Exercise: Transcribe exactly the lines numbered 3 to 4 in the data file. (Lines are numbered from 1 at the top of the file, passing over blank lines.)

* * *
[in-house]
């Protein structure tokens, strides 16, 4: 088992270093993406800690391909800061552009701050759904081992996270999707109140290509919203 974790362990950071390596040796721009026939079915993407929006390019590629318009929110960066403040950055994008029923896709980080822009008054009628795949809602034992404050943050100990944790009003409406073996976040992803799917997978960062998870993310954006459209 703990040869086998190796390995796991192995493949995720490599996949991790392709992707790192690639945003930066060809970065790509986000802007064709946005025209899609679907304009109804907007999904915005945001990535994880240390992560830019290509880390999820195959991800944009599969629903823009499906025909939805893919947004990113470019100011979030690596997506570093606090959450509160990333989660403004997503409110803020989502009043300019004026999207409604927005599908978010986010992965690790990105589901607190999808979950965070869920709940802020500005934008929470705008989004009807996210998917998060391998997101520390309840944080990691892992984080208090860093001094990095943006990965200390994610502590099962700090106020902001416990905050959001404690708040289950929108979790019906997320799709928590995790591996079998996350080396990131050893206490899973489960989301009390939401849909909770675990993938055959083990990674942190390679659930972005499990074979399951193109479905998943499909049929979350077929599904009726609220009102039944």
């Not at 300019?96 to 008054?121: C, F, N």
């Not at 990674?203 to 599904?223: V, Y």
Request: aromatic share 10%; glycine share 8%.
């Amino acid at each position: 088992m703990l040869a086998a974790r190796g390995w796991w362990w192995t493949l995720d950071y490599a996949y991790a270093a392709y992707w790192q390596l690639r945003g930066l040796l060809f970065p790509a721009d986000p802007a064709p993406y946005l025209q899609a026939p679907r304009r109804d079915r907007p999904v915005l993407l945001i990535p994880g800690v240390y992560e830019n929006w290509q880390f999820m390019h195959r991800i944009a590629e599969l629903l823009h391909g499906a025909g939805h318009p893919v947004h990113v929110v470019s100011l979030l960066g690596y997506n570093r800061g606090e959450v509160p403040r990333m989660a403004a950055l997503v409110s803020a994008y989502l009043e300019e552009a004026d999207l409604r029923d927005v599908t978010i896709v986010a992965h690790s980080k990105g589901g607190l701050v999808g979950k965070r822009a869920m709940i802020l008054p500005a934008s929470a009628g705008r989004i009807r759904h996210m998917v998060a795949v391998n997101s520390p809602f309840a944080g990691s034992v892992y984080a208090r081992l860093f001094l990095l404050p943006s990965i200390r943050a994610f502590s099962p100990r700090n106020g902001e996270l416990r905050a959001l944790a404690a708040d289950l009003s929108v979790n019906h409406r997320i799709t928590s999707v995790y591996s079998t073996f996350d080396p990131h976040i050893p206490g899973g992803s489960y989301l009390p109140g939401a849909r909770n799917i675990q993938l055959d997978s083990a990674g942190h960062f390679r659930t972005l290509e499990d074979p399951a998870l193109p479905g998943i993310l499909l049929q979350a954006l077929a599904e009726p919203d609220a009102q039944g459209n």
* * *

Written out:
């Not at 300019?96 to 008054?121: C, F, N």
């Not at 990674?203 to 599904?223: V, Y």